However, as strange as it may seem (it did to me for the first time), the general perception of Kashmir being unsafe and hostile is perhaps misplaced if I am to go by the testimony of the locals. Often friendly and with a collective motive of dispelling this myth, most of the locals, especially the drivers, are precociously politically and socially well informed.

“The Abdullah family has taken our Kashmir to dogs. What does he (Omar Abdullah) care, he can always relax on his acres and millions worth of properties. It is us who are being short sold. It is our tax money and yet they loot us every day, everywhere. This has been the worst government in decades. There is no chance the people of Kashmir would re-elect him. There is much dissent. Mufti Mohammad Sayeed should have been in power. He changed the topography of politics. He brought in what is called good governance. He opened our eyes to development. Khair ab ache din aagaye hai modi sahib ki. Lagta hai ab Kashmir ka bhala hi hoga (Well, good days have arrived now with f Modi. I guess Kashmir is looking at better days now). Mehbooba (Mufti-Sayeed) has done her part too. Omar Abdullah being of our own state would dissuade tourists to travel to Pahalgam with false tales of violence just so that he can put the hotels out of business here while his flourishes at Srinagar, but that was not to happen. Once Mehbooba Madam saw a sign warning tourists from visiting Pahalgam. She got down from her car, flung that sign board with her own hands and put up an open challenge to question her actions. No one dared. Because they knew she was right. We are peaceful people. What happens on the borders stay there. But the slandering in the news draw in the whole Kashmir in this dispute.” This passionate discourse by my driver from Pahalgam to Srinagar made me realize how politically opinionated he was. He ranted further with specific statistics with respect to the Elections 2014 – seats won, attendance in polling booths, candidates of different constituencies, their asset declaration, their backgrounds, current trends and parties in favour in Kashmir. For all I know, most of my fellow citizens who had voted couldn’t even name the various party candidates from their constituency or the constituency from where they would be voting. Although I couldn’t agree with his views which often bordered on the edge of biased alliance preferences, from what I could conclude, but what I couldn’t resist was listening in awe to such opinions of a person belonging to a non-communist majority state.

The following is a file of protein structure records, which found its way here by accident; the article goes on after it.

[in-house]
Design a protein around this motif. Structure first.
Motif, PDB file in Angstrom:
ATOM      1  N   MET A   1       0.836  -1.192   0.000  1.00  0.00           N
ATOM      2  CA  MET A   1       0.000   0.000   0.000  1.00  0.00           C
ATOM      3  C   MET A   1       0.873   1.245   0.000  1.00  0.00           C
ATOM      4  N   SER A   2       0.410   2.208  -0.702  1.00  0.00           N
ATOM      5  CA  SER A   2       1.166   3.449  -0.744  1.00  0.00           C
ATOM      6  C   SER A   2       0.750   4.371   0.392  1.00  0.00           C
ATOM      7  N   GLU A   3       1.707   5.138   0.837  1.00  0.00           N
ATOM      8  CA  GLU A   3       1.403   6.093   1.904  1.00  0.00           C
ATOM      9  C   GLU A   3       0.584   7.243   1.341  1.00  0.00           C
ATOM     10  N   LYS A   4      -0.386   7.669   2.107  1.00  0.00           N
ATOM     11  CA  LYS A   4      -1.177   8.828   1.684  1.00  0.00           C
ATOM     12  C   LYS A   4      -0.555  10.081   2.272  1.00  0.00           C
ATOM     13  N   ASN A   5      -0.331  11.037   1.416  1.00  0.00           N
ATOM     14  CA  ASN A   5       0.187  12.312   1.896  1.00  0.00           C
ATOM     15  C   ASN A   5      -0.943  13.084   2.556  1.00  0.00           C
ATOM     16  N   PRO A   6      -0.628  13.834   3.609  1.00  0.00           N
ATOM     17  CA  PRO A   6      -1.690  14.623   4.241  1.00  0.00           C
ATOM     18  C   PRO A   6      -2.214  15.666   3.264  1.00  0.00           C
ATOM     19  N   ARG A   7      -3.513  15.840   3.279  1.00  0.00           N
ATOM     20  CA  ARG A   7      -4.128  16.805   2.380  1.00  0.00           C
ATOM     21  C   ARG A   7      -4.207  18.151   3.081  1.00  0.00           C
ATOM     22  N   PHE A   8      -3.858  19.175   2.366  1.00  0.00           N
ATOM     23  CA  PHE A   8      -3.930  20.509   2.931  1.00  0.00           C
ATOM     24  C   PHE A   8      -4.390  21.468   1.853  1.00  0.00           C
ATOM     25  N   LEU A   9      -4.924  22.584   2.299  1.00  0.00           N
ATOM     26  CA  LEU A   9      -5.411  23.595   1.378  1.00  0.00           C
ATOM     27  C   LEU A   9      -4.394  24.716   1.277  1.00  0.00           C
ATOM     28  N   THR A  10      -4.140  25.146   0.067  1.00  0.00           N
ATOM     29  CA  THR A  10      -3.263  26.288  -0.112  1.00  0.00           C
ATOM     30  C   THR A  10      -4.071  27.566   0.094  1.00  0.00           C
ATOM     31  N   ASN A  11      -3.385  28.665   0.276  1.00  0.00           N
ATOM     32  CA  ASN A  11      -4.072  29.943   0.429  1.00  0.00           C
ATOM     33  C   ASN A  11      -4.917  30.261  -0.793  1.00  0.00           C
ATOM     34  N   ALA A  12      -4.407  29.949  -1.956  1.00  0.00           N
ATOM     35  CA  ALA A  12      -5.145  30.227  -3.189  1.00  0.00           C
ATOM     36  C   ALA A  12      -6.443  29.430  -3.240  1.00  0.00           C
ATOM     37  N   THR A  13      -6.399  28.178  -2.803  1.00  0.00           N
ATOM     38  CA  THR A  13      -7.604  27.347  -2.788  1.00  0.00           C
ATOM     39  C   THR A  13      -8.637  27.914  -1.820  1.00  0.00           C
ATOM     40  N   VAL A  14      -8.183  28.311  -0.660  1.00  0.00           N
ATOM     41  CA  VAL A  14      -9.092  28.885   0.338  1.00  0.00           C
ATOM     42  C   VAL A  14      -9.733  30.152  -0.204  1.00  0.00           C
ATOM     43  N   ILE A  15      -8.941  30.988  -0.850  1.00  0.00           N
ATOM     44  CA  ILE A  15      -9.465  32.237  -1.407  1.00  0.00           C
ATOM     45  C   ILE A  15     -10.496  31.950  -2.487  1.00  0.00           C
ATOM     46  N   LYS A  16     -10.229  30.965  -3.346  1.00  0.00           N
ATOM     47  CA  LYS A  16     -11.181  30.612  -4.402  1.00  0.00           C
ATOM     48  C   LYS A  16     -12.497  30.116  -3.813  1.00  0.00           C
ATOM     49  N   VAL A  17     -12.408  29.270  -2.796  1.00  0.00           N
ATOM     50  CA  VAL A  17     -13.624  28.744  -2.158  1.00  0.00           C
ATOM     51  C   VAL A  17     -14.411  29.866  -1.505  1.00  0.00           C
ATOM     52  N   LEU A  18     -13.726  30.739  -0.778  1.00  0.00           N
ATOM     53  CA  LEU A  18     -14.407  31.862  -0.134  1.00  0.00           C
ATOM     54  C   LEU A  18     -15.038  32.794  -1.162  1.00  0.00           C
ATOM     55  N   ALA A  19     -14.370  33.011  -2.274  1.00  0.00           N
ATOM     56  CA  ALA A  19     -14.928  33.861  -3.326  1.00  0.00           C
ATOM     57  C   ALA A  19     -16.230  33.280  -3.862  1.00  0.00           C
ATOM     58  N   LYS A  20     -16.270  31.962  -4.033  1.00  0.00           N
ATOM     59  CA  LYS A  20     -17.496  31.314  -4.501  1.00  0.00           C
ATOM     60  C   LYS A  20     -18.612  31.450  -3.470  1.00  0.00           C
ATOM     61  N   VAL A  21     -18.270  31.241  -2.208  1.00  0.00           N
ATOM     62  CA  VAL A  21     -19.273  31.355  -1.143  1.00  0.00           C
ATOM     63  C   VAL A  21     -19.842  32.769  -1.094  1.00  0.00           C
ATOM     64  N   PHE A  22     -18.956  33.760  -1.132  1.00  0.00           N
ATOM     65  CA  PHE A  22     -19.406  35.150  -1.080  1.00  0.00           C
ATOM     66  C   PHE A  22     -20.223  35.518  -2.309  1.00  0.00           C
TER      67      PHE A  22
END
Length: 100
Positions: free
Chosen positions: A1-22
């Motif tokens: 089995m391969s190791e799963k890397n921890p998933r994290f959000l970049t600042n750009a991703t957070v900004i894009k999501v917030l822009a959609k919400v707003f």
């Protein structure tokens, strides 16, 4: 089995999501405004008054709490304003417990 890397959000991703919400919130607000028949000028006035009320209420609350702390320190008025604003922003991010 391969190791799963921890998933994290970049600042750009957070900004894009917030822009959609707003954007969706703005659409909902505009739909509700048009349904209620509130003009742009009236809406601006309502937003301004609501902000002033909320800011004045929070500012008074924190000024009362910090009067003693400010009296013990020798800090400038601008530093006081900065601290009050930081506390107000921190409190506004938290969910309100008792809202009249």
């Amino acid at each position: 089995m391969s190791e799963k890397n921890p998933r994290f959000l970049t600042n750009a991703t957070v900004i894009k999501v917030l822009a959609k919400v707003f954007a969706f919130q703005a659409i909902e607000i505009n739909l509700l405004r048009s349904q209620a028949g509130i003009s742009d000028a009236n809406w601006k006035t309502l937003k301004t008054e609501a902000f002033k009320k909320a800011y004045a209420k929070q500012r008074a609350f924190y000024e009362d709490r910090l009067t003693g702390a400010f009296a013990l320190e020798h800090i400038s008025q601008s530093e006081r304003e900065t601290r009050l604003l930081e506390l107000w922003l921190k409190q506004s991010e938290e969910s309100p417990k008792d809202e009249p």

From my own observations, I have never felt people to be as warm, friendly and welcoming minus religious and social prejudices that Kashmir has often been the centre of the storm for. And that can’t be simply accredited to generic tourist hospitality. It goes beyond that. The picture that is often painted with irresponsibility is very different from what one would witness on any normal uneventful day. It may be too early to comment or too rash a conclusion to voice on my part but then we rarely get a glimpse of the other side of the fence unless we cross the fence ourselves. A place where they are dealing with every other issue the rest of the nation is, regardless of it being a war zone. A place trying to exorcise itself from the demons of the past, present and perhaps future that traps them and would continue to do so. A specific article 370 would perhaps not mean much to these common people but it would to the various lobbies that the parties co-exist with. It is a gamut of vested interests that has brought such infamy to this state.